by Marilyn Davis

"A Chicken in Every Pot"


       This fall my Honey and I were driving through Kanarraville when we spotted a flock of Chickens working their way through a frost-bitten garden. Flocks of Chickens always bring a warm feeling to us, that everything is right in the world.

       It’s not which came first, the chicken or the egg question that’s important, but what’s happened since man first domesticated the Chicken. DNA evidence now points to Chickens being domesticated in China and in India 8,000 years ago. The original parent birds were the red jungle fowl of southeast Asia. This small, two-pound bird still roams wild in the habitats of the jungle. Chickens spread to Africa, Egypt, and then Europe. Recent archeological evidence shows that Chickens were in South America before Columbus discovered the new world and were brought to the coast of Chili by Polynesian explorers. Chickens have changed from a small bird in a hot jungle country, into larger birds that are tolerant of cold. Some Chickens have feathers that cover the legs and feet to keep them warm in colder climates.

       When the pyramids were being built, Chickens scratched the dirt at their base and fed the workers. Today man builds and maintains large structures to house these significant birds. Large commercial flocks of Chickens numbering in the thousands, are raised in huge warehouse
type buildings to supply eggs and meat. Our world is full of different sizes, shapes, and colors of Chickens, bred for climatic conditions and people’s needs. The small Bantam Chicken is a favorite pet for people. Because of this, there are more than sixty varieties of Bantam chickens.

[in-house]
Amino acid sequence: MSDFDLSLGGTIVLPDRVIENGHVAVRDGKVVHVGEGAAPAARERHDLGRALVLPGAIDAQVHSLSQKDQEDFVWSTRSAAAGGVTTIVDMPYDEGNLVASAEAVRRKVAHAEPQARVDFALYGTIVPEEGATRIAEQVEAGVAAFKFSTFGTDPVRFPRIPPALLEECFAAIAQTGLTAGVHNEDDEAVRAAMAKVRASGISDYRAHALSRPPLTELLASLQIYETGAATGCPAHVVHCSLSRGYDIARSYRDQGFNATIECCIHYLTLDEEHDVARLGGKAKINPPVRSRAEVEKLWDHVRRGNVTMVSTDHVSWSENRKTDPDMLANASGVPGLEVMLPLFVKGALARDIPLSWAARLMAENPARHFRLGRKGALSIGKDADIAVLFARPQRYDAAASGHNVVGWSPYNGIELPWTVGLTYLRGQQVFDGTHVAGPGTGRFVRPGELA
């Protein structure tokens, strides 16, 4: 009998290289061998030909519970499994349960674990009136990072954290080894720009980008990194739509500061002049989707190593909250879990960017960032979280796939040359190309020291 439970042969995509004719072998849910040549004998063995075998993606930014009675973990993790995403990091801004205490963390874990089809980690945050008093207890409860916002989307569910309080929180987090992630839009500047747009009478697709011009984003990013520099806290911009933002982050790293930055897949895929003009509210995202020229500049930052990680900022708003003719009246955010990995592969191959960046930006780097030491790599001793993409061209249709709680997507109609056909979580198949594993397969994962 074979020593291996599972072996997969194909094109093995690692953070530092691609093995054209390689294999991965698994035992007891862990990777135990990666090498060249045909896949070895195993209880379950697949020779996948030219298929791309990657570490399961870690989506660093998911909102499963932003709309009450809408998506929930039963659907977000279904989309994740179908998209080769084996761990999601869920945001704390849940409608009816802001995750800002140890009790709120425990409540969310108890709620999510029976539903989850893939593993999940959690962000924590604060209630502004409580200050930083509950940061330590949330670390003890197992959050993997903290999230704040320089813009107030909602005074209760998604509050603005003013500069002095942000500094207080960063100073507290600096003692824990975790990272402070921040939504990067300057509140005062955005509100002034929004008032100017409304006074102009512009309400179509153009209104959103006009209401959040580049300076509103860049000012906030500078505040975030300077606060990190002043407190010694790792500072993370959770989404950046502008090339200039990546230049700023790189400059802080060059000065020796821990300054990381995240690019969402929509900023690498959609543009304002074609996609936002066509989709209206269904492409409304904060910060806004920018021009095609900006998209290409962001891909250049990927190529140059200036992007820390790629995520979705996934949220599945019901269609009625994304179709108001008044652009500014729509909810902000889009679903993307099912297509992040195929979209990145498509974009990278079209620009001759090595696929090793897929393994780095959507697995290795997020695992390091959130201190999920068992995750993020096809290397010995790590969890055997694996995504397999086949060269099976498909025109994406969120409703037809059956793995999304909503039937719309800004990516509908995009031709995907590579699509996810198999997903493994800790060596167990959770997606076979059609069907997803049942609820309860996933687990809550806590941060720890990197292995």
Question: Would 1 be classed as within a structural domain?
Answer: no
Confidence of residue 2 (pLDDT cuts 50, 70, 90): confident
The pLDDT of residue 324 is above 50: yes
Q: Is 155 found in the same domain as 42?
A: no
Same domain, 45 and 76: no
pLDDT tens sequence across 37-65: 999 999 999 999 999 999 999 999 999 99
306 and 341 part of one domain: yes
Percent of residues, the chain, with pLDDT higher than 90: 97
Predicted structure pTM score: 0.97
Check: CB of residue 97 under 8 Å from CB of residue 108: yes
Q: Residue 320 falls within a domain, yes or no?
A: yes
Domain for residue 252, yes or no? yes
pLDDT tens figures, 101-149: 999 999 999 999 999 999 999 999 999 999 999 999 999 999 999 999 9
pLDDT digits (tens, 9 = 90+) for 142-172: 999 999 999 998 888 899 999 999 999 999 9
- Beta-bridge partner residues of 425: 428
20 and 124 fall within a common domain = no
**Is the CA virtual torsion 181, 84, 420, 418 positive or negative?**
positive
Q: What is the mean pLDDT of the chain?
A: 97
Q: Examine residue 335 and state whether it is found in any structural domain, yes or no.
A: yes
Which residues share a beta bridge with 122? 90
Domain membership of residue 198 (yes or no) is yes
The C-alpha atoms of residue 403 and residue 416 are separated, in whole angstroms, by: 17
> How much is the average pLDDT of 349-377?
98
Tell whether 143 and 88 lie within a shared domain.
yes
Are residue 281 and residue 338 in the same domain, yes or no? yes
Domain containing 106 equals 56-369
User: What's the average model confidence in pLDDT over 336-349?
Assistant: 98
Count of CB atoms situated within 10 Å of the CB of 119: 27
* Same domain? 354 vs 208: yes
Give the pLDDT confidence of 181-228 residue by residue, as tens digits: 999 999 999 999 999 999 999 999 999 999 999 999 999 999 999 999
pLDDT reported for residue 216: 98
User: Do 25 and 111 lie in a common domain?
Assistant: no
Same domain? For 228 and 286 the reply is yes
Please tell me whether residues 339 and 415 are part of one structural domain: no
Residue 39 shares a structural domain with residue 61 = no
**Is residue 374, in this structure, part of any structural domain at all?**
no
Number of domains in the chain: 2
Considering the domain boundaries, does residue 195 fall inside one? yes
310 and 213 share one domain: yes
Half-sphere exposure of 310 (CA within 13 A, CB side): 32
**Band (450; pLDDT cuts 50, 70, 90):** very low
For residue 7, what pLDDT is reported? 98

Chickens have always been the choice of food for the average person. During tough times the phrase “A chicken in every pot” meant that no one was going hungry and that things were looking up in the country. Nowadays our Chickens do not come from the back yard. They come from the backs of refrigerated semi-trucks delivered to our local stores after being driven hundreds of miles from large operations where they were raised. Chickens could be one of man’s most important domesticated animals.

       Keith Davis is the artist of the Chicken, painted with color pencils. Red Cliffs Audubon General Meetings are every second Wednesday of the month, and the following Saturday is always the Field Trip. The public is welcome. For more information about these activities, call 435 673-0996 or go to the Field Trip and Meeting section of our web site.

Red Cliffs Audubon